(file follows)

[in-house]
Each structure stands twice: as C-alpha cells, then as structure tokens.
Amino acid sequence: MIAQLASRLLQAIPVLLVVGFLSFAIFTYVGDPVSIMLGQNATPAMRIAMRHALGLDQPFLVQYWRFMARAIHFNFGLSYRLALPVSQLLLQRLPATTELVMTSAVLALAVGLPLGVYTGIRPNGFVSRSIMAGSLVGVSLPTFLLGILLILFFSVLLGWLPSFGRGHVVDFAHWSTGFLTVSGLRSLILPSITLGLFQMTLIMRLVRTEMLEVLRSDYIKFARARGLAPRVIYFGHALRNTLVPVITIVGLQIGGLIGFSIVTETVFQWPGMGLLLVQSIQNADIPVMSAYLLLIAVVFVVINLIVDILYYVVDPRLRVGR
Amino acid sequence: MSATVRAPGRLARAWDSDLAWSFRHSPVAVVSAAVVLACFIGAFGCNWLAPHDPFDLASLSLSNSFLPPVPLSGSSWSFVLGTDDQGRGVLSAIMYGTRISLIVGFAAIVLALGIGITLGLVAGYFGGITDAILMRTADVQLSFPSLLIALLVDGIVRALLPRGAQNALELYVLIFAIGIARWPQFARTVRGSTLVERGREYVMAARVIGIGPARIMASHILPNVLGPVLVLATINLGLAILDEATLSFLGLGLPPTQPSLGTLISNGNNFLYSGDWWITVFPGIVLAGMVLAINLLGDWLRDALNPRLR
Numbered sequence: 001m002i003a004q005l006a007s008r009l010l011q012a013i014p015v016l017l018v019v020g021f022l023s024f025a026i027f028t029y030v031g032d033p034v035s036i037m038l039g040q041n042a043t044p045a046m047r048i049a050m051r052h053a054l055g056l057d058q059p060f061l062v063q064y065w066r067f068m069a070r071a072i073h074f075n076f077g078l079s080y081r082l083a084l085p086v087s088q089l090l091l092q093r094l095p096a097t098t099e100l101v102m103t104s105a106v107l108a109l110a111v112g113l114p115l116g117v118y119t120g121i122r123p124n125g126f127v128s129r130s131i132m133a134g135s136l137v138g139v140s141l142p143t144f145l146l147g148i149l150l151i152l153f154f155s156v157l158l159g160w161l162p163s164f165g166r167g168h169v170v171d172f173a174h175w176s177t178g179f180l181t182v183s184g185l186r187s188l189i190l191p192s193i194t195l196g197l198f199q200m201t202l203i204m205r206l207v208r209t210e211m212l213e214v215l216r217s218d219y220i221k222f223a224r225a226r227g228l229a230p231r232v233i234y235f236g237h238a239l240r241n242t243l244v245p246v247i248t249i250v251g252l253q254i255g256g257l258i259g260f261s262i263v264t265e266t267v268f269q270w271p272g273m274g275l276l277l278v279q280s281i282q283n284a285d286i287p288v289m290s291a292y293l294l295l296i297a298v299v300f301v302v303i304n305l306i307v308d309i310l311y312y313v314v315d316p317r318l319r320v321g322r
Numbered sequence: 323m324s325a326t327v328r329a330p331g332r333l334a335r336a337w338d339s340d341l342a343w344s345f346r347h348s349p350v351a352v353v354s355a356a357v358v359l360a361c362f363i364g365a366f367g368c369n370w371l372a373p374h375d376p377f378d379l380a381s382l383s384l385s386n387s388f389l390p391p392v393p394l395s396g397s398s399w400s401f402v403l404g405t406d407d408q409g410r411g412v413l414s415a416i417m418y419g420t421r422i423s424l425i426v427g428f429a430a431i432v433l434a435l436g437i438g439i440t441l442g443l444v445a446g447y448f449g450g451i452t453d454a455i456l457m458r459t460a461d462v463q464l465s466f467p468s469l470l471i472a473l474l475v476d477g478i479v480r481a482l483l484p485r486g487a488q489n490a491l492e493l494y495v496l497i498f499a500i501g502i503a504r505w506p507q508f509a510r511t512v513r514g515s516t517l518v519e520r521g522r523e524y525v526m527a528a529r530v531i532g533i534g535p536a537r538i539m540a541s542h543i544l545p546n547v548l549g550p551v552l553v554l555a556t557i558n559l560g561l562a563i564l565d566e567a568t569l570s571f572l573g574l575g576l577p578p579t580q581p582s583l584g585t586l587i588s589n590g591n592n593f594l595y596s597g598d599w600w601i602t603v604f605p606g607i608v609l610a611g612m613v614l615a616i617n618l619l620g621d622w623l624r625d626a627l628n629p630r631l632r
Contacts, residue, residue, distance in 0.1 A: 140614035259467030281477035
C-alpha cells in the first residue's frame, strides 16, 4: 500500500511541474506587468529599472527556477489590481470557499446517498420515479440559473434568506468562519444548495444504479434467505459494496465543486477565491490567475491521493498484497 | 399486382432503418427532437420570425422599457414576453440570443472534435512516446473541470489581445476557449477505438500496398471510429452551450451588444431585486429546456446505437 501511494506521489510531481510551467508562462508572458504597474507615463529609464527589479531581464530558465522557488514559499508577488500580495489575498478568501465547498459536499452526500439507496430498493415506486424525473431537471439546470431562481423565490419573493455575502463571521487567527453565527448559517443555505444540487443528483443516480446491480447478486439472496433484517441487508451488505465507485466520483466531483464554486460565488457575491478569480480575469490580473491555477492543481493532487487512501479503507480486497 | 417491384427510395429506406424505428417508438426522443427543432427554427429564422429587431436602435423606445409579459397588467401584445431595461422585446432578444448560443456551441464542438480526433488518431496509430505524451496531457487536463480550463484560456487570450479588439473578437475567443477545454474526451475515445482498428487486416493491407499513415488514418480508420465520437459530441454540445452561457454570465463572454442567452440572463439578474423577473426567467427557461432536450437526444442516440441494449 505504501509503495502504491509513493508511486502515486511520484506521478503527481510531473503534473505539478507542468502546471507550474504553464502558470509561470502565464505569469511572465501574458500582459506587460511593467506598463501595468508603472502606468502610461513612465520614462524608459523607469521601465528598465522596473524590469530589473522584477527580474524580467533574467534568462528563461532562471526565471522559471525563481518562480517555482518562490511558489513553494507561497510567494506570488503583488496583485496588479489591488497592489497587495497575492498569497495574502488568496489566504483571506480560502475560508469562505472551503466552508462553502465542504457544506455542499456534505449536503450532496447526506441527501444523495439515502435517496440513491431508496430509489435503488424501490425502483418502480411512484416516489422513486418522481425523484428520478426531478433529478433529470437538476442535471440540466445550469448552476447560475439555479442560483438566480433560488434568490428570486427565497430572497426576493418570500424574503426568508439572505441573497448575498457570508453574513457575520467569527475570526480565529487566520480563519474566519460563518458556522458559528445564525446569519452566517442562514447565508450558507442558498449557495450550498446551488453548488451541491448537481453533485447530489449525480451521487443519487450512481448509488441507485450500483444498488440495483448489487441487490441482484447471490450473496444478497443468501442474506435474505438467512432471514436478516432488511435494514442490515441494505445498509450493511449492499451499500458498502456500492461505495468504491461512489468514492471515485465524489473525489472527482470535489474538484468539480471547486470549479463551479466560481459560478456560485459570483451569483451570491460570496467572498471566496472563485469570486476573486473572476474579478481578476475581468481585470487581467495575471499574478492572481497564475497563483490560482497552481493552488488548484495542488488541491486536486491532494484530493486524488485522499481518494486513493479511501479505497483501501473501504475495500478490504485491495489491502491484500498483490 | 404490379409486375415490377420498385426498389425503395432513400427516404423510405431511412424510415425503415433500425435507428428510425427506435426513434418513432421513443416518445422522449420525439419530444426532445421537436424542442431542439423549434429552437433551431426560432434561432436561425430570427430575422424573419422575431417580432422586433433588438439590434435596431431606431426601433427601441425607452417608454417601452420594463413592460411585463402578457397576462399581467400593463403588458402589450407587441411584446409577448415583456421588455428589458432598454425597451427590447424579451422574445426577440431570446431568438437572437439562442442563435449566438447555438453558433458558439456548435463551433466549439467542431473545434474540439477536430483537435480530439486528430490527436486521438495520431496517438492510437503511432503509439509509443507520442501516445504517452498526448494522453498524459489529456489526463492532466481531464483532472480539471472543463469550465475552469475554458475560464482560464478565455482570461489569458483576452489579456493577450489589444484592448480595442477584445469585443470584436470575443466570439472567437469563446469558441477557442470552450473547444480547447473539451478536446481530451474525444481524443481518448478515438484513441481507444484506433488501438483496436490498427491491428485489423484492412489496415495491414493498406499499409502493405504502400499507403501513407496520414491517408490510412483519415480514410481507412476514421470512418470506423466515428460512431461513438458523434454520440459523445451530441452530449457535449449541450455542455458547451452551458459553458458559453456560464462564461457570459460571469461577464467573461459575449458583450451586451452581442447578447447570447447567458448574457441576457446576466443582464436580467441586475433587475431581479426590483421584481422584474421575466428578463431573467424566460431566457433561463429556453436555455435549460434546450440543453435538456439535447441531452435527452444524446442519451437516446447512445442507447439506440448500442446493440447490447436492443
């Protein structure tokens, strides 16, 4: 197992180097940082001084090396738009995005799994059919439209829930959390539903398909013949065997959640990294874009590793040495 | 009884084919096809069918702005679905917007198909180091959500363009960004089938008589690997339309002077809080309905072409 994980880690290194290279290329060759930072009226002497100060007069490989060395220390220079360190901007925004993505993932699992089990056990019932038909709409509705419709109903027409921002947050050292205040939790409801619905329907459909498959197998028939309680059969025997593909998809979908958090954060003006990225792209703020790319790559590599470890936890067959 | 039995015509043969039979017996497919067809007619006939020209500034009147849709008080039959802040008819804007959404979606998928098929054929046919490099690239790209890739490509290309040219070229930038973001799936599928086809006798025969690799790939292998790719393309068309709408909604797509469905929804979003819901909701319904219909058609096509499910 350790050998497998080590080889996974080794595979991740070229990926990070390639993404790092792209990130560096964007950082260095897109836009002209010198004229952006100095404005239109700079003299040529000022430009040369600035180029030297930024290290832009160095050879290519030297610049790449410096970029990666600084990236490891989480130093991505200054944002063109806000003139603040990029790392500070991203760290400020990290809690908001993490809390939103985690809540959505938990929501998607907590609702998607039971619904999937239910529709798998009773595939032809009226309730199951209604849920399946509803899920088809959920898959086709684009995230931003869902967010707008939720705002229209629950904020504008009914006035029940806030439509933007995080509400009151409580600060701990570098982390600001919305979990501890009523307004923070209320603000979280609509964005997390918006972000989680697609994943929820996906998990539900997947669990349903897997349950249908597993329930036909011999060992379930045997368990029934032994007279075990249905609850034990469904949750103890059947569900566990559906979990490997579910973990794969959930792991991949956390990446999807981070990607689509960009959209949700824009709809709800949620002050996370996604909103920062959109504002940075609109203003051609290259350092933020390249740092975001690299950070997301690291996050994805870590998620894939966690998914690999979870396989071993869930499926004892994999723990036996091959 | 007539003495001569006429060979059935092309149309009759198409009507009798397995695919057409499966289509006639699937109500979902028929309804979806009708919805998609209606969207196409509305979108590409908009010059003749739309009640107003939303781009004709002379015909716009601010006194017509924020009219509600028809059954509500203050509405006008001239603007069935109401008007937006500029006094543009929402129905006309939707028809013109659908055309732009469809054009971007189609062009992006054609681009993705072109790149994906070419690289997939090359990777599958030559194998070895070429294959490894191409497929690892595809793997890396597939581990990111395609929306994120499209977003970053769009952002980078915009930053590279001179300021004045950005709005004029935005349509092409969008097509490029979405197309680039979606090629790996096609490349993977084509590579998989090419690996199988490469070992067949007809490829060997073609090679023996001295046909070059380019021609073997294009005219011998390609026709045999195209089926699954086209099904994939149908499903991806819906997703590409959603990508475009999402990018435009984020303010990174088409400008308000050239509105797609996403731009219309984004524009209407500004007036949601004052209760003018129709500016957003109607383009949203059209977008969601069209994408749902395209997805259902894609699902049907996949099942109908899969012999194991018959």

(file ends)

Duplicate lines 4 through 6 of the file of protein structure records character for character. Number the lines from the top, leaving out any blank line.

Amino acid sequence: MSATVRAPGRLARAWDSDLAWSFRHSPVAVVSAAVVLACFIGAFGCNWLAPHDPFDLASLSLSNSFLPPVPLSGSSWSFVLGTDDQGRGVLSAIMYGTRISLIVGFAAIVLALGIGITLGLVAGYFGGITDAILMRTADVQLSFPSLLIALLVDGIVRALLPRGAQNALELYVLIFAIGIARWPQFARTVRGSTLVERGREYVMAARVIGIGPARIMASHILPNVLGPVLVLATINLGLAILDEATLSFLGLGLPPTQPSLGTLISNGNNFLYSGDWWITVFPGIVLAGMVLAINLLGDWLRDALNPRLR
Numbered sequence: 001m002i003a004q005l006a007s008r009l010l011q012a013i014p015v016l017l018v019v020g021f022l023s024f025a026i027f028t029y030v031g032d033p034v035s036i037m038l039g040q041n042a043t044p045a046m047r048i049a050m051r052h053a054l055g056l057d058q059p060f061l062v063q064y065w066r067f068m069a070r071a072i073h074f075n076f077g078l079s080y081r082l083a084l085p086v087s088q089l090l091l092q093r094l095p096a097t098t099e100l101v102m103t104s105a106v107l108a109l110a111v112g113l114p115l116g117v118y119t120g121i122r123p124n125g126f127v128s129r130s131i132m133a134g135s136l137v138g139v140s141l142p143t144f145l146l147g148i149l150l151i152l153f154f155s156v157l158l159g160w161l162p163s164f165g166r167g168h169v170v171d172f173a174h175w176s177t178g179f180l181t182v183s184g185l186r187s188l189i190l191p192s193i194t195l196g197l198f199q200m201t202l203i204m205r206l207v208r209t210e211m212l213e214v215l216r217s218d219y220i221k222f223a224r225a226r227g228l229a230p231r232v233i234y235f236g237h238a239l240r241n242t243l244v245p246v247i248t249i250v251g252l253q254i255g256g257l258i259g260f261s262i263v264t265e266t267v268f269q270w271p272g273m274g275l276l277l278v279q280s281i282q283n284a285d286i287p288v289m290s291a292y293l294l295l296i297a298v299v300f301v302v303i304n305l306i307v308d309i310l311y312y313v314v315d316p317r318l319r320v321g322r
Numbered sequence: 323m324s325a326t327v328r329a330p331g332r333l334a335r336a337w338d339s340d341l342a343w344s345f346r347h348s349p350v351a352v353v354s355a356a357v358v359l360a361c362f363i364g365a366f367g368c369n370w371l372a373p374h375d376p377f378d379l380a381s382l383s384l385s386n387s388f389l390p391p392v393p394l395s396g397s398s399w400s401f402v403l404g405t406d407d408q409g410r411g412v413l414s415a416i417m418y419g420t421r422i423s424l425i426v427g428f429a430a431i432v433l434a435l436g437i438g439i440t441l442g443l444v445a446g447y448f449g450g451i452t453d454a455i456l457m458r459t460a461d462v463q464l465s466f467p468s469l470l471i472a473l474l475v476d477g478i479v480r481a482l483l484p485r486g487a488q489n490a491l492e493l494y495v496l497i498f499a500i501g502i503a504r505w506p507q508f509a510r511t512v513r514g515s516t517l518v519e520r521g522r523e524y525v526m527a528a529r530v531i532g533i534g535p536a537r538i539m540a541s542h543i544l545p546n547v548l549g550p551v552l553v554l555a556t557i558n559l560g561l562a563i564l565d566e567a568t569l570s571f572l573g574l575g576l577p578p579t580q581p582s583l584g585t586l587i588s589n590g591n592n593f594l595y596s597g598d599w600w601i602t603v604f605p606g607i608v609l610a611g612m613v614l615a616i617n618l619l620g621d622w623l624r625d626a627l628n629p630r631l632r